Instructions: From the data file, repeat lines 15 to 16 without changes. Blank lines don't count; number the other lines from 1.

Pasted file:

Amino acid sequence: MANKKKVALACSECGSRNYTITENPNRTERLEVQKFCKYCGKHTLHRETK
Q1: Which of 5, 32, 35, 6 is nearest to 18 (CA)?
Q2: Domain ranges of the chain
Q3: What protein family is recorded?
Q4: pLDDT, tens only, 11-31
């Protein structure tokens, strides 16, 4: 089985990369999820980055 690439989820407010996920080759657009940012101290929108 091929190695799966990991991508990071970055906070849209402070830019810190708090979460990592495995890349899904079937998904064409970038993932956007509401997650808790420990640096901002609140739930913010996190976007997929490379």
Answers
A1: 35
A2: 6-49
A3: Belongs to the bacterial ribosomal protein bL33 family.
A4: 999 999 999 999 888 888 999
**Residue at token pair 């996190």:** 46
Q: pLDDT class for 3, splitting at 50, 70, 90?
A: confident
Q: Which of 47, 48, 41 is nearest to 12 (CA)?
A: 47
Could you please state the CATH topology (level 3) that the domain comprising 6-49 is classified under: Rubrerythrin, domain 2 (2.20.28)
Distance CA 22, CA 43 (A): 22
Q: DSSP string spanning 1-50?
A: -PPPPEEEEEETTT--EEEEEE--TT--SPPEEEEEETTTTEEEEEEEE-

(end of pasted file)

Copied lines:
Q: Which of 47, 48, 41 is nearest to 12 (CA)?
A: 47